I should like to know about disarmament. As long as the present condition of the world goes on we cannot neglect to provide whatever is necessary. In order to make us equal to our responsibilities or to enable us to face our perils we must to the last ounce of our strength make ourselves ready and strong. But that does not mean a permanent condition of things, and it is certainly not appeasement. Disarmament is going to be the test. I mean general disarmament; I do not mean disarmament by us and France alone. General disarmament will be the real test of any peace we make. Herr Hitler has said so. He has delivered some very extraordinary speeches recently, very violent speeches, and, as far as some of my friends in this House are concerned, rather abusive. From his point of view, I think they have deserved it. He is not a man who speaks without cause. I have followed his speeches very closely. He is not just talking nonsense because he has got excited; he is not that type of man. There is a point in what he say. He says, "I made peace with you at Munich"—which means he thought he had got us—"why are you struggling and, above all, after I told you I was not going to make war upon you, what is all this fuss about rearmament? You are doubling your efforts, you are making appeals such as you never made before, you are apologising because you have not done enough, and you are promising you will be good boys and double and treble what you did before." Hitler says, "I don't understand it. The Prime Minister remained behind to clear anything up and settle everything most amicably with me. He goes back and says, 'I have now got peace in our time,' and now he says, 'We must increase our efforts to arm.'" Hitler says, "I don't understand it," and he is right. He says, "If Munich meant peace, there is no justification for all this fuss about rearmament."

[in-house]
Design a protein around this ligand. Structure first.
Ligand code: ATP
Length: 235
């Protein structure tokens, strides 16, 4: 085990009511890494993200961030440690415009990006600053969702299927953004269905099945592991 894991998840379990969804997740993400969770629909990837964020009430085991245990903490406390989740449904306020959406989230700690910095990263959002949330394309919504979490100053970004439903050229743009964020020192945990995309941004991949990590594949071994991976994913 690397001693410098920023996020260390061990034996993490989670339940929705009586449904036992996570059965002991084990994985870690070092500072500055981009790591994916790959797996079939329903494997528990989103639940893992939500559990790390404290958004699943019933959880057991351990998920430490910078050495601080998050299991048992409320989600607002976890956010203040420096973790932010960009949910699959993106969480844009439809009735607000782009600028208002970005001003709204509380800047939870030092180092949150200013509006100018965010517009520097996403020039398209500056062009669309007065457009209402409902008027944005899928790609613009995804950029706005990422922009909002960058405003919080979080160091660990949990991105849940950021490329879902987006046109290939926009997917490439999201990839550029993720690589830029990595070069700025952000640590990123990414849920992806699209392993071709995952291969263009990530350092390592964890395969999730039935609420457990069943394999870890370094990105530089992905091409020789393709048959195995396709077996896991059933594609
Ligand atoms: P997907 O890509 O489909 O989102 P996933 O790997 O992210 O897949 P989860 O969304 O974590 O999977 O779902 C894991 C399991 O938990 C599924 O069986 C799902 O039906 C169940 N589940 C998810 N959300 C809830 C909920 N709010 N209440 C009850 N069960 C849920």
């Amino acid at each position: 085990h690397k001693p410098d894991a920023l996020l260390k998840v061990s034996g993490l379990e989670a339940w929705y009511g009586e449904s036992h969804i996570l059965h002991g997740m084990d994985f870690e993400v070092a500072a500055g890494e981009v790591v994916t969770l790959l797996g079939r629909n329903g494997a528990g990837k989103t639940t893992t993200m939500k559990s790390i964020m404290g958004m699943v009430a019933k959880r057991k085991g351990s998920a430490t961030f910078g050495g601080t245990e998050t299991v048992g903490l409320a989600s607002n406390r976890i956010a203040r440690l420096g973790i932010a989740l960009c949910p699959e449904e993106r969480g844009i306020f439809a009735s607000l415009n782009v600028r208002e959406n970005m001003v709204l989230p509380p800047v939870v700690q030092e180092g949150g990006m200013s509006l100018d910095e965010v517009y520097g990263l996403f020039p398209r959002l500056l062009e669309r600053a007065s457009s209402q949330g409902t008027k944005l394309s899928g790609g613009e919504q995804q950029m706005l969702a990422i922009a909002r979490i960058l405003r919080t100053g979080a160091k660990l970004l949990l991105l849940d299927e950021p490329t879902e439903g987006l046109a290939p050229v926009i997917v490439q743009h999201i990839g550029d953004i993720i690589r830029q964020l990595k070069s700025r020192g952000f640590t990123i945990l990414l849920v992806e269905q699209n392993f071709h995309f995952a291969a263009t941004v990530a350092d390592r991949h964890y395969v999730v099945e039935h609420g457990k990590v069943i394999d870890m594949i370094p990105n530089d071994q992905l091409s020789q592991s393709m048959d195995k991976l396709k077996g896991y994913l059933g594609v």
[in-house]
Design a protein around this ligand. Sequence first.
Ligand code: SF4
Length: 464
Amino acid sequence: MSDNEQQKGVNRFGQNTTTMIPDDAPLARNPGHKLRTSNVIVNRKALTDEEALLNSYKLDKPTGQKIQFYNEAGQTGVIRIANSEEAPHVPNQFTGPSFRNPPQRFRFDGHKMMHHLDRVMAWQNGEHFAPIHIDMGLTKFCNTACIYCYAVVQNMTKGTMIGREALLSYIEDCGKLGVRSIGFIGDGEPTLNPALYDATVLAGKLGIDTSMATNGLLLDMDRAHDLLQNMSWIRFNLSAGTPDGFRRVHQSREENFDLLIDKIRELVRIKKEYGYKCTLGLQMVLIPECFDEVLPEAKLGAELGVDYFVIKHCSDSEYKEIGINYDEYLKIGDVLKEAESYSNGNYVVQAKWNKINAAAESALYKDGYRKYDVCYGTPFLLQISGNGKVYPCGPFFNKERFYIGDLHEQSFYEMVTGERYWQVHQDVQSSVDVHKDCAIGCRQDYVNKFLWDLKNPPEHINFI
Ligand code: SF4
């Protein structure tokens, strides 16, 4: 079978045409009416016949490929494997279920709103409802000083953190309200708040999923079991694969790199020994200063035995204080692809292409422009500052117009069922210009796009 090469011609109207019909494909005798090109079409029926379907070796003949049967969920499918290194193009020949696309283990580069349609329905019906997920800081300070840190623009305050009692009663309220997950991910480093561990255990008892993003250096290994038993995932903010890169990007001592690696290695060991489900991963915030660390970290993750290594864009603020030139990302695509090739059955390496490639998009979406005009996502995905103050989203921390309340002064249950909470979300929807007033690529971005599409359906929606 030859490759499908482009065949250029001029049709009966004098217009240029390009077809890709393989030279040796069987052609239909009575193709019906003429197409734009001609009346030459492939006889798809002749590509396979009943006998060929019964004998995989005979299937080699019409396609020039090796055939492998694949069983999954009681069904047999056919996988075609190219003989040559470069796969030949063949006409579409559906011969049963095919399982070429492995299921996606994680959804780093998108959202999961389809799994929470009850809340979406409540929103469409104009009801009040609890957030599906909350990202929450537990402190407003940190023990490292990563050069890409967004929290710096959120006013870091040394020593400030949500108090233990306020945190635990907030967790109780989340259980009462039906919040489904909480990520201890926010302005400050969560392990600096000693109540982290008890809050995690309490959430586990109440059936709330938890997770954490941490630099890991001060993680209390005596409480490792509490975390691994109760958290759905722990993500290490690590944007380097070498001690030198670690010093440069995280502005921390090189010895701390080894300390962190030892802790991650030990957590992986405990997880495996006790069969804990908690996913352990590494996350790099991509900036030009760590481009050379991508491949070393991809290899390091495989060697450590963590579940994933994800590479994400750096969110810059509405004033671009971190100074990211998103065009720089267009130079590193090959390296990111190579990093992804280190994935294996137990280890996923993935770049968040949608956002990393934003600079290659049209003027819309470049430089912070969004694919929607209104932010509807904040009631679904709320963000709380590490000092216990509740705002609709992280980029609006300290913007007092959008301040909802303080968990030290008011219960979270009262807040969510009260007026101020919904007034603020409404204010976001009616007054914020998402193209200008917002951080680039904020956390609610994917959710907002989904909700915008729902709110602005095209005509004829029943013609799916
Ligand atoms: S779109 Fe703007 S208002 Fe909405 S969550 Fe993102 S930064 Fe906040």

The Government have taken the view, which has been taken, I think, now by the majority of the people of this country and a great many supporters of the Government, that Munich did not mean peace, and therefore there is all this feverish effort to rearm—at any rate, the promise, which is a different thing. The Prime Minister said yesterday that we need not worry about trade, for we have peace now and peace brings confidence to trade, and therefore trade will improve. Does he really think he will restore confidence as long as the transaction which he has completed is one which ends by an acceleration of the armaments programme in every nation under the sun—America, France, ourselves, Italy, Germany, Russia and Japan? Traders are not fools. They know that we are arming not against an imaginary peril but against a real one, and the result is that until you get a settlement that will give confidence of a real peace—not a peace of surrender, of retreat, of giving up one thing after another, but a real, genuine peace, not a sham one—you will not get the confidence which is necessary to revive trade in the world. Disarmament is the test.